To recap - Jerry Kennelly is reported to have said that some (unspecified) Irish Colleges are "second-rate", and that they are "set up for the benefit of academics". He also claimed that a lot of (unspecified) courses that are "absolutely useless", and that they are a "waste of peoples’ time and energy".

I have been challenged in comments to address and rebut the issue. I don't feel I have to defend the Irish third-level sector, or prove any commentator wrong. Nevertheless, two recent papers about the contribution of the third level sector directly rebut what Jerry Kennelly has to say.

Higher Education System Performance Report 2014

This report, the first for Ireland, makes for interesting reading. Two of its key findings were: 
  • Ireland is 1st in the world for the availability of skilled labour
  • 75% of Irish employers are satisfied with graduate skills
How could this be in a country with second-rate Colleges who deliver useless Mickey Mouse courses that waste people's time? Clearly Jerry Kennelly is not satisfied with graduate skills, but he is in a minority.

The Economic Impact of Higher Education Institutions in Ireland (Zhang, Larkin, and Lucey 2014)

In the above recent paper it was reported that the "gross income of Irish HEIs (Higher Education Institutes), a total of €2.6b in 2010-11, generated gross output nationwide of €10.5b". Again - not bad for a "second rate" system. The paper also shows that in Ireland we get "value for money" from our third level sector and that it should be a "source of pride" for the Department of Public Expenditure and the leadership of the third level sector in Ireland.

I'm sure there are other reports that that contradict and rebut what Jerry Kennelly had to say - but above two suffice for now.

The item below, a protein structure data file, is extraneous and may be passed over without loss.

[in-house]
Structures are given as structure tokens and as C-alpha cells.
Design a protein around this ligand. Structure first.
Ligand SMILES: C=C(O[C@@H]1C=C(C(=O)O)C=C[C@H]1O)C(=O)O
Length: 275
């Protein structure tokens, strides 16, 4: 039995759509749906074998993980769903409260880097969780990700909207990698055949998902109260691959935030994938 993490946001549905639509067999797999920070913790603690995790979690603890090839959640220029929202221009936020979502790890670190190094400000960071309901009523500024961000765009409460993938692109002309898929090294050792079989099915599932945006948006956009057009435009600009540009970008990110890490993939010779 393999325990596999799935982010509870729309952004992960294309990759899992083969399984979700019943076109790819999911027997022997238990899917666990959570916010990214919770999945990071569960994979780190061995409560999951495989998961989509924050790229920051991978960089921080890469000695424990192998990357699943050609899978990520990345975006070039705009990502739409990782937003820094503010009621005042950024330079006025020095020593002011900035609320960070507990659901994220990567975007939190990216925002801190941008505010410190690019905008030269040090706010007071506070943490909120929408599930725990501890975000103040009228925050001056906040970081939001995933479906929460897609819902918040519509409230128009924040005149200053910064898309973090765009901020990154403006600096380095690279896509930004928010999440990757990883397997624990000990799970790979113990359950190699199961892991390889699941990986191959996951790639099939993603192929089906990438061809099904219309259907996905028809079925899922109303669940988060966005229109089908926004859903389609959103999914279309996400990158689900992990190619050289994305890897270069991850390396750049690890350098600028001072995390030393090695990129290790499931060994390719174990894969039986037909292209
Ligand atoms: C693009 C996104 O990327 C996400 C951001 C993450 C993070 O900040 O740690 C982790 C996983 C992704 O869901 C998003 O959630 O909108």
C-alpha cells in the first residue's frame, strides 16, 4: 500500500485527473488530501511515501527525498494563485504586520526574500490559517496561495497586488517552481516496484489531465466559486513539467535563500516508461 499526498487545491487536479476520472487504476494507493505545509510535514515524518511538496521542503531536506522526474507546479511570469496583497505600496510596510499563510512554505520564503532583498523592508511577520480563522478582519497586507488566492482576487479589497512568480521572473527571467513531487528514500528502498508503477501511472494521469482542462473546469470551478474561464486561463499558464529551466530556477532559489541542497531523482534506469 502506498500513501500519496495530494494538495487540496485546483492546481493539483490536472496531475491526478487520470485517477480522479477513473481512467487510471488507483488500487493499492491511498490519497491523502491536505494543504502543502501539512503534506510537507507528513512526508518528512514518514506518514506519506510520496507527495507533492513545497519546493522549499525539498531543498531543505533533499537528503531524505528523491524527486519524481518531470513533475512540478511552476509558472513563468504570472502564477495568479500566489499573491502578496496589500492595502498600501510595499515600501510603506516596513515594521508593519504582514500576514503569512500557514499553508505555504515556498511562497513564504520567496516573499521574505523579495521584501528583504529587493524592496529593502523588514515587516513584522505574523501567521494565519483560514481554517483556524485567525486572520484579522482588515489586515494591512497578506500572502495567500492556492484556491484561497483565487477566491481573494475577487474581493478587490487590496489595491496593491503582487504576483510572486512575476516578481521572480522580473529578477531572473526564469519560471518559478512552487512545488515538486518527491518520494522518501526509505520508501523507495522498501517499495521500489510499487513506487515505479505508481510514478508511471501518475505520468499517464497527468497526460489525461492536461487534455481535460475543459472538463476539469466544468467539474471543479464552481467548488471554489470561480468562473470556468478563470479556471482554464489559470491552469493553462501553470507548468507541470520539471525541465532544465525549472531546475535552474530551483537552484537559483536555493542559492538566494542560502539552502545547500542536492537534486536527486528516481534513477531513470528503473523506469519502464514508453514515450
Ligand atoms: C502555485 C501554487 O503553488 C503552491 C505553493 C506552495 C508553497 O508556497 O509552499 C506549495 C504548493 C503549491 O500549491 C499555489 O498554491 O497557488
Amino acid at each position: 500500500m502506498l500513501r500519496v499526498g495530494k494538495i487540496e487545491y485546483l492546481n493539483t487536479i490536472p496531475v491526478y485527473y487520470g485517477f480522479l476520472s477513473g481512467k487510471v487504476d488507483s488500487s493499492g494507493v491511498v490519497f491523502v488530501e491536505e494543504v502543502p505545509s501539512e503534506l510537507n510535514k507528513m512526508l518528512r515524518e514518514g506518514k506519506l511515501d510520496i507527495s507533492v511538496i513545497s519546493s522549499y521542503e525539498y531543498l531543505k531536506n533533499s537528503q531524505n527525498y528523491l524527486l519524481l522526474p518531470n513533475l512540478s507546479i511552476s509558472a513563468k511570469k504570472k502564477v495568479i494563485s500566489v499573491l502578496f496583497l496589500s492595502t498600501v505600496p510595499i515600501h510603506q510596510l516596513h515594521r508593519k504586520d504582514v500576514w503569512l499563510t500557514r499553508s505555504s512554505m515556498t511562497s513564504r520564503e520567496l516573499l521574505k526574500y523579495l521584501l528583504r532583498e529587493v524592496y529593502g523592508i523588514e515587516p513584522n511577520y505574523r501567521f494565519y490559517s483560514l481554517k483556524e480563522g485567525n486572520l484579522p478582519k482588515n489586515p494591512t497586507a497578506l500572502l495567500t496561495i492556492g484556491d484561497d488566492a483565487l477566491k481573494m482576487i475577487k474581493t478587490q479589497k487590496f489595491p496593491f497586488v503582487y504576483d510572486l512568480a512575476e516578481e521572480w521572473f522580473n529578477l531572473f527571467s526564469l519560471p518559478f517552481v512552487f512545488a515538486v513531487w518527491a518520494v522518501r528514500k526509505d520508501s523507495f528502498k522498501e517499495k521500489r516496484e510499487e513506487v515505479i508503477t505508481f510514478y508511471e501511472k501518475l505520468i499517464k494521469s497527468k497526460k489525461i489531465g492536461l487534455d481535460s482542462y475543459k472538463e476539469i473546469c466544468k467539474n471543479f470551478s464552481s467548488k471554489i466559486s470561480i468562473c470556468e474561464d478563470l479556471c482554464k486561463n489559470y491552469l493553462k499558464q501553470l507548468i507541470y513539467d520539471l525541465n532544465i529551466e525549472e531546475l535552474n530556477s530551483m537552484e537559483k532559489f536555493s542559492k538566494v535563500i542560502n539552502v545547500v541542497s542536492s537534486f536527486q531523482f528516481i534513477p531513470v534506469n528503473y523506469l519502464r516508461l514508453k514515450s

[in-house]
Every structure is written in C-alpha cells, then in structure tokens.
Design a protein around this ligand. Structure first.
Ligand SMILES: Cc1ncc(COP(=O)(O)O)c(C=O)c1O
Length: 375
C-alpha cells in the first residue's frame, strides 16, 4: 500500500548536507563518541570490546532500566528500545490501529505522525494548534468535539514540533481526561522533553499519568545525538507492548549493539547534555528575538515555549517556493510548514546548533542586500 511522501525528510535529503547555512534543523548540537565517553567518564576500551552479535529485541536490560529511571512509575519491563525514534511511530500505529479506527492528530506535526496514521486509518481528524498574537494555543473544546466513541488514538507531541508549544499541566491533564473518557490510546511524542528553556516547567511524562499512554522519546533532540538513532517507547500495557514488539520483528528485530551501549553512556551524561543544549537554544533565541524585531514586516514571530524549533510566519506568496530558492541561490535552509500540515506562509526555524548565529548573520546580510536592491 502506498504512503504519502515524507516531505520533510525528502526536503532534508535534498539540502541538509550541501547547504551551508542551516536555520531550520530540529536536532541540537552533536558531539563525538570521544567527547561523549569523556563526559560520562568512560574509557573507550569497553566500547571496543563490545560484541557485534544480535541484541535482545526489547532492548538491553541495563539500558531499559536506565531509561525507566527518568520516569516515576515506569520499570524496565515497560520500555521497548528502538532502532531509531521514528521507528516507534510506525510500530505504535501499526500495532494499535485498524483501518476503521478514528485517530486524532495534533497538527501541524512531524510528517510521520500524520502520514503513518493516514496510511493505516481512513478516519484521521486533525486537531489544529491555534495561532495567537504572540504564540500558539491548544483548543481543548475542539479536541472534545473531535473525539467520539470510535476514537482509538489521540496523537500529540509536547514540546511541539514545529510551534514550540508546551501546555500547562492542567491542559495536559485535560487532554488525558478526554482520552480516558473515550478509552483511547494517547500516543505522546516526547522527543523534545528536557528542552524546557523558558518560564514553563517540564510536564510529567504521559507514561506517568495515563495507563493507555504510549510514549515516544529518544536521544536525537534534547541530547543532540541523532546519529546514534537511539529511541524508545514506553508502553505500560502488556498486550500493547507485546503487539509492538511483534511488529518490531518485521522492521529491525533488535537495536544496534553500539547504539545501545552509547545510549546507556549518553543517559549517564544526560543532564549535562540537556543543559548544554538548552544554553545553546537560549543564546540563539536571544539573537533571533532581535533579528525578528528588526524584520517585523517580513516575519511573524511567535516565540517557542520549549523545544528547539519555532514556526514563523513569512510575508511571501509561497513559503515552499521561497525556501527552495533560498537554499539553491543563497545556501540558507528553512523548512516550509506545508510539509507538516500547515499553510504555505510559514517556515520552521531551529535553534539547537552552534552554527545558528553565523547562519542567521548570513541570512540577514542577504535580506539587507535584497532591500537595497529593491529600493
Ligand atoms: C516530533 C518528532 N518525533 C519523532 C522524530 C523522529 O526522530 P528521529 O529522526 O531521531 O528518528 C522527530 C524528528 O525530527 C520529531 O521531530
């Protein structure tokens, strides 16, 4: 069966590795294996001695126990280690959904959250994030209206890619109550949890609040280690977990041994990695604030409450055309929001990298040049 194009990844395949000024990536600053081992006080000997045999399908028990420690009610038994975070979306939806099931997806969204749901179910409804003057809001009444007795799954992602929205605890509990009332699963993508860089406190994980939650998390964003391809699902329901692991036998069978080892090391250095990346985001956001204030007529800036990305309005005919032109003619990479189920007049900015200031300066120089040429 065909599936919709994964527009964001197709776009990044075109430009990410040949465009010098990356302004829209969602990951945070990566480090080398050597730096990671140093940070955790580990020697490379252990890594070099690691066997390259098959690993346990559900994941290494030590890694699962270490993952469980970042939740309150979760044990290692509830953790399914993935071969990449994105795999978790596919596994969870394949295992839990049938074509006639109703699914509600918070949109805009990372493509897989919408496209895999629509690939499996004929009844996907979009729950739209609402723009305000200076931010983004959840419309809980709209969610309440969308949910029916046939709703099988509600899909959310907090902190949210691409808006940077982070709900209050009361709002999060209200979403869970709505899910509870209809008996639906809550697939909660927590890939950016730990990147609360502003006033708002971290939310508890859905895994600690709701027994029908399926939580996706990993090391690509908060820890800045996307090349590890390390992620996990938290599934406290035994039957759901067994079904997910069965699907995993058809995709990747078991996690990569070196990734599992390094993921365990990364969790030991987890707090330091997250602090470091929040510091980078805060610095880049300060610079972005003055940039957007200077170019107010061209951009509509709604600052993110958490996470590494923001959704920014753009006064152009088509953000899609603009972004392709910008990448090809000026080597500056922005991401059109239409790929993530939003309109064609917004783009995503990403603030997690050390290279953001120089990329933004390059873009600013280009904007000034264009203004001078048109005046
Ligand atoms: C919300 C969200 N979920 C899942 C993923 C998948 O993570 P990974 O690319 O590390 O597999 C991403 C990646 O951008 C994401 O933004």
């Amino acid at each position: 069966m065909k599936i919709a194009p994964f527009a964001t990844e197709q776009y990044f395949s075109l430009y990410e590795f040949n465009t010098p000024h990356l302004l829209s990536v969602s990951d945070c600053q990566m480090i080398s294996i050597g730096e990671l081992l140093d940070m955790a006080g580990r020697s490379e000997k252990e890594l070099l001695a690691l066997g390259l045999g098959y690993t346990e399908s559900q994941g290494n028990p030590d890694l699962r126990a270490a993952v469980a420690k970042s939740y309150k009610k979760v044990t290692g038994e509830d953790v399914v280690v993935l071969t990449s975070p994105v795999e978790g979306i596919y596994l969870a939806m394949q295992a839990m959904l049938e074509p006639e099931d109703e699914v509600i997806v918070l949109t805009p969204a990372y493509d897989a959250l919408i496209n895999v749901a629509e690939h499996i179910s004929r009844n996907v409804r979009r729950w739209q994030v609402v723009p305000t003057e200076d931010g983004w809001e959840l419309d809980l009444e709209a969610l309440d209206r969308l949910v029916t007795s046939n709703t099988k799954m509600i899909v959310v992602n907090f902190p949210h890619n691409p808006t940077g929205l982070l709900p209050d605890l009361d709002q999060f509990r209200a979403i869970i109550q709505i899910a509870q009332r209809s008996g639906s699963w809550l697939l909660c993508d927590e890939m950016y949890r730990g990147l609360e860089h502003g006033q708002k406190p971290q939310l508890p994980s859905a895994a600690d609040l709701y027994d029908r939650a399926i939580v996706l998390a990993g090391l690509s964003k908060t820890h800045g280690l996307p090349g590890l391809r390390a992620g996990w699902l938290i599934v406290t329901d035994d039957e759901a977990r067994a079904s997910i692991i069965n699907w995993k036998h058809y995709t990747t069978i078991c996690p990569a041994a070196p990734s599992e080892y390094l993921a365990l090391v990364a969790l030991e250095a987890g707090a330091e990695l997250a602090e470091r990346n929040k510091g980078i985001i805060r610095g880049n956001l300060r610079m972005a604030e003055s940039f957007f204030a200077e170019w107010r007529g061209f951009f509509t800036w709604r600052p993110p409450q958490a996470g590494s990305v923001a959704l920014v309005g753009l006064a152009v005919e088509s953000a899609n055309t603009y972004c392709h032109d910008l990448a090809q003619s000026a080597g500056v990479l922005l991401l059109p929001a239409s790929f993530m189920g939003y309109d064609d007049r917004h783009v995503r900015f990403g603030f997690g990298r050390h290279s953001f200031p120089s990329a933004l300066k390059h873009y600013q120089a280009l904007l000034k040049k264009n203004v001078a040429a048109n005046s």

Monday, November 03, 2014

Entrepreneur Attacks Third-Level Colleges Shocker - says Irish Colleges are putting students through “Mickey Mouse courses”!

So another day goes by that a so-called Irish Entrepreneur who has made millions of Euro here has a go at third-level Colleges in this country. Jerry Kennelly, founder of, says in an article reported by The Journal that There are too many second-rate colleges in Ireland with ‘Mickey Mouse courses'

Dr Jerry Kenelly.
Image Source:
Now Dr Kennelly (he has an Honorary Doctorate from the University of Limerick) is of course entitled to his opinion. There are many who probably agree with him. 

I don't. 

Despite his negative attitude towards our courses in our Colleges, which didn't prevent him from accepting the UL doctorate or a fellowship from IT Tralee, he thunders that the Colleges themselves "are set up for the benefit of academics". Wow - I didn't know that! 

I don't agree with this either (but then I wouldn't since I am an "academic"). On what basis does he spout this nonsense? 

He also says that the Colleges "have a lot of courses that are absolutely useless", and further comments that courses are a "waste of peoples’ time and energy". Strong stuff indeed. Kennelly complains that he cannot hire Irish people and that he has to "employ people in Stockholm, Lisbon and Hyderabad to get the job done, to find the qualified people". Presumably Swedish, Portuguese, and Indian Colleges don't have "Mickey Mouse courses"? So what does Dr Kennelly do about this? He turns at an easy target (third-level Colleges), and blames us for his woes. Does he actually understand what he is saying when he states that "there’s an absolute disconnection between education and the real world"? Maybe he should join one of our Industry Panels that we have to put all our new programmes through to ensure we provide courses that Industry wants?

So Jerry - I challenge you to name the "second-rate" Colleges that are causing you angst?  What are the "Mickey Mouse" courses that you are referring to? Which degrees "aren’t worth the paper they’re printed on"? 

Third level Colleges' first duty is to provide education to our students. Indeed the mission of my own institution (National College of Ireland), is "To change lives through education". Later this week it is Graduation Day in NCI. I and my colleagues will see our graduates proudly accept their degrees - their lives will have been changed by their achievements. I dare Jerry Kennelly to stand on the stage at our graduation ceremony (or indeed at any other College Graduation) and tell our students that they have just wasted their last three or four years in a second-rate College doing a Mickey Mouse course. Jaysus!

(Amended to remove some language)

Saturday, November 01, 2014

Broken Axe

Today I was not careful with an axe - I broke my brother Joe's axe trying to split a small block of wood. I just had to post a photo of said broken axe on my blog!